to assisting women and families caught in the cycle of domestic violence. The money was allocated to the Wollstonecraft Program, which aims to empower women by training them to build micro franchise businesses and giving them a genuine chance of breaking out of the poverty associated with domestic violence. Patricia Giles Centre CEO Tillie Prowse said the lives of nine women would be changed as a result of Woodvale Baptist Church’s gift. “The Wollstonecraft Program is an exciting and empowering project with women from all over Perth, including the Joondalup/ Wanneroo area, who are eligible,” Tillie said. “The church’s gift and interest was heartening as it encourages [us] in our work to build a strong community, free from family and domestic violence.” Rob said Woodvale Baptist’s leaders’ motivation to give was to demonstrate love to their community.

“We wanted to show the love, grace and generosity exemplified by Jesus toward every one of us when He came at that first Christmas in Bethlehem,” he explained.

The church’s gift and interest was heartening ...

“We want our community to know that there is a God who loves them deeply, that He understands their hurts and concerns and that He wants to be in relationship with them.” “In light of Jesus’ magnificent generosity, we also wanted to be generous to the most vulnerable in our community.” For more information, visit www.wollstonecraft.org.au

Photo: Ted Chang

When Christmas Eve falls on a Sunday, pastoral leaders wrestle with whether or not to include an offering, given that it is a regular part of a worship service.

Woodvale Baptist Church Pastor Rob Furlong with the Certificate of Appreciation from the Patricia Giles Centre.

Coast to coast ride for children Driving across the breadth of Australia is on many people’s bucket lists, however biking it is only for a few hardy souls. In September, Inglewood Community Church Pastor Andrew Binns will cycle 4,000km across Australia to help make a difference in the lives of children living in poverty. Ride for Compassion Coast to Coast starts on Saturday 15 September in Perth and culminates at Compassion Australia’s head office in Newcastle on Tuesday 16 October.

Along with 27 other riders, Andrew will ride for 28 days at an average distance of 150km a day and 200km on the longest day. He is looking forward to the adventure and to date, has 3,165km of training under his wheels and two punctures. Andrew and wife Bronwyn are paying their own way across Australia including accommodation and travel expenses so all money raised supports children living in poverty. For more information on Andrew’s coast to coast ride, visit coasttocoast.raisely.com/ andrewbinns Author – Matt Chapman

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baptistcare.com.au Ride for Compassion Coast to Coast participant Pastor Andrew Binns will cycle across Australia to raise funds for children living in poverty.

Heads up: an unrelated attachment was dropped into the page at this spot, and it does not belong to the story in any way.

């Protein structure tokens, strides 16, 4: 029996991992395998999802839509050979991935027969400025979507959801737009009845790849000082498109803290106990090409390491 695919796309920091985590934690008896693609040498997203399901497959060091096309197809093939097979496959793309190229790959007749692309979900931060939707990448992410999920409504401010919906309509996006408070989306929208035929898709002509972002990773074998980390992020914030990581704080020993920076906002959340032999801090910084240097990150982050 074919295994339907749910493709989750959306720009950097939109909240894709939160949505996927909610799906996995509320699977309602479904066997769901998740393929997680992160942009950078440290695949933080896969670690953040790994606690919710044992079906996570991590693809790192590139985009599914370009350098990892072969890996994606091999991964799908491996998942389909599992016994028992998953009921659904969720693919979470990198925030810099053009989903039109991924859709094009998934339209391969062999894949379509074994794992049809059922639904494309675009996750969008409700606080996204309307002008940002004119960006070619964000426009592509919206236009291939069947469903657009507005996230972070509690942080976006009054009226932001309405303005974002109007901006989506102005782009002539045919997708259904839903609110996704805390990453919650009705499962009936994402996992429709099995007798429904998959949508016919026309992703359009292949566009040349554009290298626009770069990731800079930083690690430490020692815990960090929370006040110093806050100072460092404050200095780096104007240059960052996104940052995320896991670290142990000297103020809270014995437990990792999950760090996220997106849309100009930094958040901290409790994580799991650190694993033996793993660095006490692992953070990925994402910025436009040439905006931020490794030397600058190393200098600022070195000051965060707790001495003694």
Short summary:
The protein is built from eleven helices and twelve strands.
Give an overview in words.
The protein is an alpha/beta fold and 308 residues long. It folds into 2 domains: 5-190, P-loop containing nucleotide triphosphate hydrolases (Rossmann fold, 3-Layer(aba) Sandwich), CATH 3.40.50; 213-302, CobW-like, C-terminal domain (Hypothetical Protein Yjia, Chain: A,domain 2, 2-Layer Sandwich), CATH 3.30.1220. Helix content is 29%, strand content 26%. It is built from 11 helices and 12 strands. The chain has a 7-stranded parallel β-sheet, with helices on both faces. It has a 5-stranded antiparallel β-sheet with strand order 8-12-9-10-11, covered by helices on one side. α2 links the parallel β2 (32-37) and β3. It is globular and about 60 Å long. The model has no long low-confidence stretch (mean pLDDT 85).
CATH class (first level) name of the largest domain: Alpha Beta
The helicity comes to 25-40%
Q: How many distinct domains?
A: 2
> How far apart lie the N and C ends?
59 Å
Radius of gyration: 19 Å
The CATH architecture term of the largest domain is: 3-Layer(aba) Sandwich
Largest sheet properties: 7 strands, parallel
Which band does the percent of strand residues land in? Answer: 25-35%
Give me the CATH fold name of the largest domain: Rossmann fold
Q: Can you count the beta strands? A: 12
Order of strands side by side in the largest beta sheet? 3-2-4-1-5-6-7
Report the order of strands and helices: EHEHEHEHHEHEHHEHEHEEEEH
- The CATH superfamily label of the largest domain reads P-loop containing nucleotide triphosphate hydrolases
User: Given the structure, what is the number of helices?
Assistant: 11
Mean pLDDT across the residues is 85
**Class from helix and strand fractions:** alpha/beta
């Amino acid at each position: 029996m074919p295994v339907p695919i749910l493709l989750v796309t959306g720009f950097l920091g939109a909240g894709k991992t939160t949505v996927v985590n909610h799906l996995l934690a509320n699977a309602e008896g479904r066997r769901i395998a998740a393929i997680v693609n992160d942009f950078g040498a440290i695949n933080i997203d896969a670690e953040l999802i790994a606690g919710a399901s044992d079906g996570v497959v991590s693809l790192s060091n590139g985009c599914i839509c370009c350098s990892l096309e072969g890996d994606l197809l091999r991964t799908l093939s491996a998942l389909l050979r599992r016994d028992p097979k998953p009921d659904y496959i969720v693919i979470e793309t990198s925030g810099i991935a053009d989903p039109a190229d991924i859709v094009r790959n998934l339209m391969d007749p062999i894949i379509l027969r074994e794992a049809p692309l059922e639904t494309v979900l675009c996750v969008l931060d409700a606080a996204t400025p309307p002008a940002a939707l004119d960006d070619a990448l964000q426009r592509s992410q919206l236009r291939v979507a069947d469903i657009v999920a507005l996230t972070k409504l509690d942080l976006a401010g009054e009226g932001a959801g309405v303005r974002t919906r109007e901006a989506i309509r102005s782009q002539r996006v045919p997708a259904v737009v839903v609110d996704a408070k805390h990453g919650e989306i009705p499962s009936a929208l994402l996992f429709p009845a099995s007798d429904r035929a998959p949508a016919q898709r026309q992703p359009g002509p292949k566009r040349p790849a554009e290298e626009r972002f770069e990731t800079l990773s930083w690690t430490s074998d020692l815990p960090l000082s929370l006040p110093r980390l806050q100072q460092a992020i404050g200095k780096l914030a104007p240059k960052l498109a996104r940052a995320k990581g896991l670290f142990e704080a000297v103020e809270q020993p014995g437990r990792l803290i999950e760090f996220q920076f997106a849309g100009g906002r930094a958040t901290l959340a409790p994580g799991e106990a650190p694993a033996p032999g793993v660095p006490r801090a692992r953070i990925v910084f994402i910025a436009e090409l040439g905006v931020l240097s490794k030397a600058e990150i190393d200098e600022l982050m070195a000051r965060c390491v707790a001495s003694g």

Baptistcare is one of WA’s largest not-for-profit aged care and community services providers, supporting communities for more than 45 years.


news AUGUST 2018

Sima’s story August marks the beginning of Baptist World Aid Australia’s Be Love Sponsorship Sunday – a month-long celebration of the impact church communities have on children living in poverty. “Before her family joined the Baptist World Aid child sponsorship project, Sima’s mother struggled to pay for her school fees,” Samara said. “In fact, it would not have taken much to end Sima’s education for good, trapping her in a life of poverty.” “But through the child sponsorship project, Sima’s mother was trained in goat raising and vegetable farming, which has helped her to grow her income. Now, it’s easier to pay for Sima’s school fees and there are plenty of fresh vegetables for the family as well.” In a village like Sima’s, growing your own food means so much more than just food on your plate. A trip to market is not only a four-hour walk each way, it is also a treacherous journey. “It’s something I didn’t truly understand until I attempted walking that impossible terrain myself. There I was, on the side of a cliff, muscles screaming in agony, and I suddenly

comprehended what a convenient supply of food could mean to a family like Sima’s,” Samara said. “God is using the generosity of Australian child sponsors to bless families and free children, like Sima, from poverty.” Today, Sima is at the top of her class. In the future, she hopes to bless others in her village by becoming a nurse. “Of course, people’s generous child sponsorship means full stomachs and it means a good education … but it also means so much more,” Samara said. “When you sponsor a child, like Sima, you help give them hope for a brighter future – and that is just incredible.” For more information, visit baptistworldaid.org.au/ sponsorship

The generosity of Australian sponsors has helped free Sima from poverty.

Two new Baptist churches in Perth’s north A number of Baptist churches have recently commenced in Perth’s northern suburbs – some of the fastest growing suburbs in Australia. Pastor James Middleton, with wife Kelsey, has started a church plant in Wanneroo, meeting with a core group of people who are aiming to launch the church in April 2019. “Currently we’re in launch phase, which means we’re still learning who we are and how

we’re going to do things before we launch next year,” James said. “As a church plant, we’re passionate about making more disciples who have an impact on their community and ultimately, further afield.” In the fastest growing Perth